Many are blindly exploring the Government Bonds or State Government Bonds available in the RBI Retail Direct platform as the yields are currently at a mouthwatering yield and all of us feel that government bonds are safe. However, as we cautioned you above, you can avoid default or downgrade risk. But you can’t run away from interest rate risks. Refer to our posts “How to buy RBI Floating Rate Bonds online?” and “High-yielding SDL/Govt Bonds OR FDs/Debt Funds?“. Because they are meant for different purposes and not suitable for all.

The Mutual Fund industry is here to create stories and collect the money from us as their profile module is based on AUM. Hence, rather than exploring the other categories of debt funds, stick to these basic and simple products during such a higher interest rate regime.

15 Responses

  1. Dear Sir,

    I was going through the factsheets of Money Market Funds you recommended of ICICI Pru Money Market Fund. I found some scary Bonds in it and I don’t have the risk appetite of Borrowers in that factsheet. SBI’s Savings Fund is better but is that the only choice if I want to invest only in Funds which have a modified Duration of up to 1 year and have clean factsheets, invests in
    1. TBills
    2. CDs and
    3. fairly known borrowers in CP
    4. Not AT1or AT2 bonds
    5. No Commercial papers whose borrowers are sketchy

    For Liquid Fund as you have recommended I have money parked in Parag Parikh Liquid Fund however the average maturity is just 42 days now. (As liquid) Anything similar in larger tenure funds?

  2. Sir, Now I feel it is the time to also write about Which Debt Mutual Funds to switch to when interest rate cycle pauses and subsequently falls.

  3. Dear Sir,

    Can you recommend some more liquid funds which invests in G-Secs? I follow your index approach for the long term but for 25-30 days I can’t find a liquid fund which has 0 credit risk, less expense ratio, a Good Fund manager and a sizable AUM.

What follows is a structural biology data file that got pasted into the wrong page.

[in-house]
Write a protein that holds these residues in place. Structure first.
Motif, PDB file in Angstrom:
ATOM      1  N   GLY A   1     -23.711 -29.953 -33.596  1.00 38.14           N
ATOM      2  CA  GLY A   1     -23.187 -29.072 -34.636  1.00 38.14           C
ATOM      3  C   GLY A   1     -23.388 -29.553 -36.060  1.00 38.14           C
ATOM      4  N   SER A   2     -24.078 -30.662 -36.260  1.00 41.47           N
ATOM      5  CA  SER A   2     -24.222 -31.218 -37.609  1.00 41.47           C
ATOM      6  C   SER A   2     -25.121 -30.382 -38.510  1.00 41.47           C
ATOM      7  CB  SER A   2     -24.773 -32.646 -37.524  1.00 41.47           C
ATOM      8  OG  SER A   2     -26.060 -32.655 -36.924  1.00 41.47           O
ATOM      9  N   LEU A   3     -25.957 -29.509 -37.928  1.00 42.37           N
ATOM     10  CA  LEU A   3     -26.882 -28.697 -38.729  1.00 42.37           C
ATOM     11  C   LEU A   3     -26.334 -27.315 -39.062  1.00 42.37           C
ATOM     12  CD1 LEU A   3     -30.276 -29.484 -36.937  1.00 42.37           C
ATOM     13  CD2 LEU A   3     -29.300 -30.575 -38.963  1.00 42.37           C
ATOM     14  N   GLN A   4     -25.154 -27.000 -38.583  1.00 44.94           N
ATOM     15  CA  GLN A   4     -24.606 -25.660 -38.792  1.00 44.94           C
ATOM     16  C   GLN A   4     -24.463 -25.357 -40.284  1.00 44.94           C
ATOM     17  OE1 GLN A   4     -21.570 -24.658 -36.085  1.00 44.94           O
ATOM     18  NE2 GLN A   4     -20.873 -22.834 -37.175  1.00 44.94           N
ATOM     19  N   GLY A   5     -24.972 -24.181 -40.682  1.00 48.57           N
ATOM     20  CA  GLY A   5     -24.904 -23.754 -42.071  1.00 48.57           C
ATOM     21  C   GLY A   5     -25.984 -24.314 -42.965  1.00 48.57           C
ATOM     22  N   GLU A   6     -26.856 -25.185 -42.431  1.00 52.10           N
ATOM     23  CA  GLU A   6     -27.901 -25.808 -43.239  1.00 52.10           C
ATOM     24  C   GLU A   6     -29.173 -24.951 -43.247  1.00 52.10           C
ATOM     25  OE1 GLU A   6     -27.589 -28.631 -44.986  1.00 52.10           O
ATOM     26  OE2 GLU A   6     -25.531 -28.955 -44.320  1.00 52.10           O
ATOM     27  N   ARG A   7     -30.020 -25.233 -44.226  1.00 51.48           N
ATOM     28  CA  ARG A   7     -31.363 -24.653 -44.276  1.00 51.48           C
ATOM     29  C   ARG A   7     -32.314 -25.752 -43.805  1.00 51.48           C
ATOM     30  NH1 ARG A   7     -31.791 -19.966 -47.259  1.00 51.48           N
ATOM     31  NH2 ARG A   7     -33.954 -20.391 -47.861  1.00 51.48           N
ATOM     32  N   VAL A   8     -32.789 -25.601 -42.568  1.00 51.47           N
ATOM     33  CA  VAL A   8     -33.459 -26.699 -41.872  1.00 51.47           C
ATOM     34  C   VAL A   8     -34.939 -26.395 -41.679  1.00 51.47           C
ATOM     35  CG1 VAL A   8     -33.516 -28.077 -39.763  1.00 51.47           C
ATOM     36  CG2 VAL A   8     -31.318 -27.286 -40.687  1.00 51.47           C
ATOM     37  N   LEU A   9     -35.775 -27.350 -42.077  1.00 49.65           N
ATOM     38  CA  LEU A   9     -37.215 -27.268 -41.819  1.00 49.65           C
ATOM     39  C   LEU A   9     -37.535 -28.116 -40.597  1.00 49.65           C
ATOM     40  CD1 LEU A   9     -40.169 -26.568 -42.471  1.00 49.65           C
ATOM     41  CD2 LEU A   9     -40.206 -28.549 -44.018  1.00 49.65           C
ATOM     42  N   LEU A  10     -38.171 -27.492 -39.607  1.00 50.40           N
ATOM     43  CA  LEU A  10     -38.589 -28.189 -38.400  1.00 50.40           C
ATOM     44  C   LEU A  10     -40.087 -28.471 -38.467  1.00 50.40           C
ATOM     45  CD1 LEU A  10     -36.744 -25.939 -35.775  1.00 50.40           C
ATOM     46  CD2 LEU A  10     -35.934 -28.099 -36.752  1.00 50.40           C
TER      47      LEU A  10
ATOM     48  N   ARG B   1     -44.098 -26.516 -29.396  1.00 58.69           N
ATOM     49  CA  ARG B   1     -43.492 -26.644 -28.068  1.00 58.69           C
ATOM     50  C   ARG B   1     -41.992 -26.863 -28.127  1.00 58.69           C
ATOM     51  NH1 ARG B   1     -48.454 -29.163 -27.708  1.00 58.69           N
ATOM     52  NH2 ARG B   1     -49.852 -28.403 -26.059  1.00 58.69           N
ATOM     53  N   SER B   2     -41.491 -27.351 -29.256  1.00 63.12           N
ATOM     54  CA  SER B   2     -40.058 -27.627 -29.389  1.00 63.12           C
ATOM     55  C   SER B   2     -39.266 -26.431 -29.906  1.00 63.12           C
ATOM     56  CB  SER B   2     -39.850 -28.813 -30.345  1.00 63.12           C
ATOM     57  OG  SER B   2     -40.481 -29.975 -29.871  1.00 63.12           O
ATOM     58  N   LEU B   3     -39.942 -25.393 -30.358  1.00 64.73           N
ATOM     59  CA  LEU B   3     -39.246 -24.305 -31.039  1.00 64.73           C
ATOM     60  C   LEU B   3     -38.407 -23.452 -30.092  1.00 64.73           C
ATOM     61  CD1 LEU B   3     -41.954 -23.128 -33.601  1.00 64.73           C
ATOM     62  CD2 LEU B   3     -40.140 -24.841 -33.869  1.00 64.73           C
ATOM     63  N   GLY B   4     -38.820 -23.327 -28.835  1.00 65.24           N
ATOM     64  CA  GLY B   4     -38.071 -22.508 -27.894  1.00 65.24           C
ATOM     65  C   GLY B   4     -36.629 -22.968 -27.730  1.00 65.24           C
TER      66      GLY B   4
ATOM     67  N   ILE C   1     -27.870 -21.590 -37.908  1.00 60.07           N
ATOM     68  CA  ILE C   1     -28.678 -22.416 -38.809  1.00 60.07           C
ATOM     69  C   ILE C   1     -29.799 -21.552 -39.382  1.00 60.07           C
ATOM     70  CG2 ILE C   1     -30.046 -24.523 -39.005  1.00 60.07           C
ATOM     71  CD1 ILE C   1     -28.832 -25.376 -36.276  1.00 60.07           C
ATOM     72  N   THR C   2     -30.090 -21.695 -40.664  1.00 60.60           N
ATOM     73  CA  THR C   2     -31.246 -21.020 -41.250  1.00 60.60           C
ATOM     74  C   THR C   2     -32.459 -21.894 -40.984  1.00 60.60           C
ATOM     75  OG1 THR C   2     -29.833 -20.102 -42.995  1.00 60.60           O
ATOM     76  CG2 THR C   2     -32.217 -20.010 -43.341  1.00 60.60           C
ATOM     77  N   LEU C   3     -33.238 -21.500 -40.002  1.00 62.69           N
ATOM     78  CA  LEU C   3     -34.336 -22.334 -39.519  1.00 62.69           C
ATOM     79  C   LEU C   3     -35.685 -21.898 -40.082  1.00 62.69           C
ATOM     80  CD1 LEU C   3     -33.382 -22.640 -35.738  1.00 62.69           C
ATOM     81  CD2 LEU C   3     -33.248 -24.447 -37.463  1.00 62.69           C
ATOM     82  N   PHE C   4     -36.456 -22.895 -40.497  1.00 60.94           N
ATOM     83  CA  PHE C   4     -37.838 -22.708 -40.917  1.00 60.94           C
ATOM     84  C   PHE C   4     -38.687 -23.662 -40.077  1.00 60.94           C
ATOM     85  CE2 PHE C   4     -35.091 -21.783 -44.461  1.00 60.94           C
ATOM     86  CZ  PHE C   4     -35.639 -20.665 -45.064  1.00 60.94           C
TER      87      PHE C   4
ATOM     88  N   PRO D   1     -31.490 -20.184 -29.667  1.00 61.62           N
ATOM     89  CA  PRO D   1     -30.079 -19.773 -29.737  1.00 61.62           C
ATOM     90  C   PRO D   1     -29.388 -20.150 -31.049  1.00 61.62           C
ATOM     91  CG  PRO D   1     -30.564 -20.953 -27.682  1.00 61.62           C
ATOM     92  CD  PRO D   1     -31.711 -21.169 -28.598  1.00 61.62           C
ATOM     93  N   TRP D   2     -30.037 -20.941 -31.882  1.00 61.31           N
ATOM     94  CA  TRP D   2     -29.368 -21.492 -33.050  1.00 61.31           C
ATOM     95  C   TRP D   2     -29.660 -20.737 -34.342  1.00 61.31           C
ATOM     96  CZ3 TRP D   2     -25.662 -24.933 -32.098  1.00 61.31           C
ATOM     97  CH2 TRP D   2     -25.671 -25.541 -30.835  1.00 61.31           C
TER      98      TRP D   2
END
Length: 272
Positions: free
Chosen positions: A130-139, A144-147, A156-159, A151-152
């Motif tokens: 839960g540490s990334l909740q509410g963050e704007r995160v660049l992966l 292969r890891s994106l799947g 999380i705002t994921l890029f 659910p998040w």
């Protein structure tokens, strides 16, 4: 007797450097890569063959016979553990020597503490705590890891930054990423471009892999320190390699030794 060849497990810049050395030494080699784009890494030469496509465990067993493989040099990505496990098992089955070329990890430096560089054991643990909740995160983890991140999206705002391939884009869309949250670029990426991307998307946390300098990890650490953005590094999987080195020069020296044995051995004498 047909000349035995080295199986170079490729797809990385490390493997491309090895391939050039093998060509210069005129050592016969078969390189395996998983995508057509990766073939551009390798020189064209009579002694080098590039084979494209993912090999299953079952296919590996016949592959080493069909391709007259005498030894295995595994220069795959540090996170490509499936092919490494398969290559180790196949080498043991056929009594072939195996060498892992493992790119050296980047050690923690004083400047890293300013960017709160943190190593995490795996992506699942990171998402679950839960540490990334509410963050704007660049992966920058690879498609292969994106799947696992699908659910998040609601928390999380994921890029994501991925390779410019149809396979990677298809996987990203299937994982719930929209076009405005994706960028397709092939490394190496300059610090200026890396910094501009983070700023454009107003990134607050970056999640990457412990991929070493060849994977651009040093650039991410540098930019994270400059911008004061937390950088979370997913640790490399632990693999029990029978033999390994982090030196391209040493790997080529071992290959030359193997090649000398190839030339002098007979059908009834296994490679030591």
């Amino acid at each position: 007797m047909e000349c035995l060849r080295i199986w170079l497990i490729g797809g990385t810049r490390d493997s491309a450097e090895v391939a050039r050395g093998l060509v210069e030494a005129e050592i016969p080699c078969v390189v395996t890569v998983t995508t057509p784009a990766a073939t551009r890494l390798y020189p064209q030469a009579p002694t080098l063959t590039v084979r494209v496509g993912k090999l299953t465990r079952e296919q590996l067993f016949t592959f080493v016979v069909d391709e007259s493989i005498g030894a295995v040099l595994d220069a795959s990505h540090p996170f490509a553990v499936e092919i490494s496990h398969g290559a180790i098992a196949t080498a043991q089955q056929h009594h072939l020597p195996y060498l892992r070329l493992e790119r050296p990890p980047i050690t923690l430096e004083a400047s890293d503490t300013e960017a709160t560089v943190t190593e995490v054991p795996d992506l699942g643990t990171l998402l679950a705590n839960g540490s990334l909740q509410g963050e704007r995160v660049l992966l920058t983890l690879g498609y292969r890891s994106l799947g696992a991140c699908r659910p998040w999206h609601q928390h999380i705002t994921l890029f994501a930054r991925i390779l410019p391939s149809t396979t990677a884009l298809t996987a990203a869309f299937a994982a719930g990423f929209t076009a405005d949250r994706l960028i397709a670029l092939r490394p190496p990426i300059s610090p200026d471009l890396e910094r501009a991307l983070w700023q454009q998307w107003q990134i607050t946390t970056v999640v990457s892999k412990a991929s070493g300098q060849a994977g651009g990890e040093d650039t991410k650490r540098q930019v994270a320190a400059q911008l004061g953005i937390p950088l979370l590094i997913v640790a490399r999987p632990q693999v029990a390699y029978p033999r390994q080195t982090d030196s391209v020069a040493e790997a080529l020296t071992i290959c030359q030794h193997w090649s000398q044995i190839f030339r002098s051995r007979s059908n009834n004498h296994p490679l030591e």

I was thinking of PP Liquid Fund as you said as but its AUM is very low . Can you help me out here, please if there are other options?

    1. Dear KB,
      If your requiremnet is just to park for 25-30 days, then either use Overnight Funds (of any AMC) or use the sweep-in account of your bank (or FD). There is no such a great advantage by parking your money in liquid funds for your required 25-30 days time horizon.

      1. Sir I forgot to tell you 25 days each month. And every month after 25 days majority money will be redeemed. But some will stay.

          1. Yes Sir. And deeply thankful to you for replying.
            1. I get funds between the 5-10th of each month. And about 25% is expenditure. Thae last and major expense is on the 30th of each month.
            2. I invest the remaining balance as per opportunity available. But in some months, there are few and unpredictable thus invest the remaining 75% with a lag.
            So the 25% of money will be put for 20-25 days each month for full year as each month I will get salary and each month I have to pay bills that’s why I said 25 days in a month repeated for a full year.

            The rest 75%(1 month salary) or 150%(2 month salary residual) for 1 maybe say 1.5 months , This will not be a repeated cycle.

            I need a mutual fund which has a , Sizeable AUM, 90% plus investments in T-Bills and GSecs, Fund manager which has shown a good history in managing and less expense ratio

            I have chosen PPLF as 90% investments (I check each fortnight) are with sovereign guarantee.

            So I have invested this month’s excess balance in PPLF (direct-growth). Any more Liquid-Low duration options which you might suggest

            1. Dear KB,
              You can check Quantum Liquid Fund (not Quant) along with PPLF. One more option of risk-free parking is using Overnight Funds.

  4. Enlightened. but after complete reading , all I can do is to just stick to your recomendations! thank you!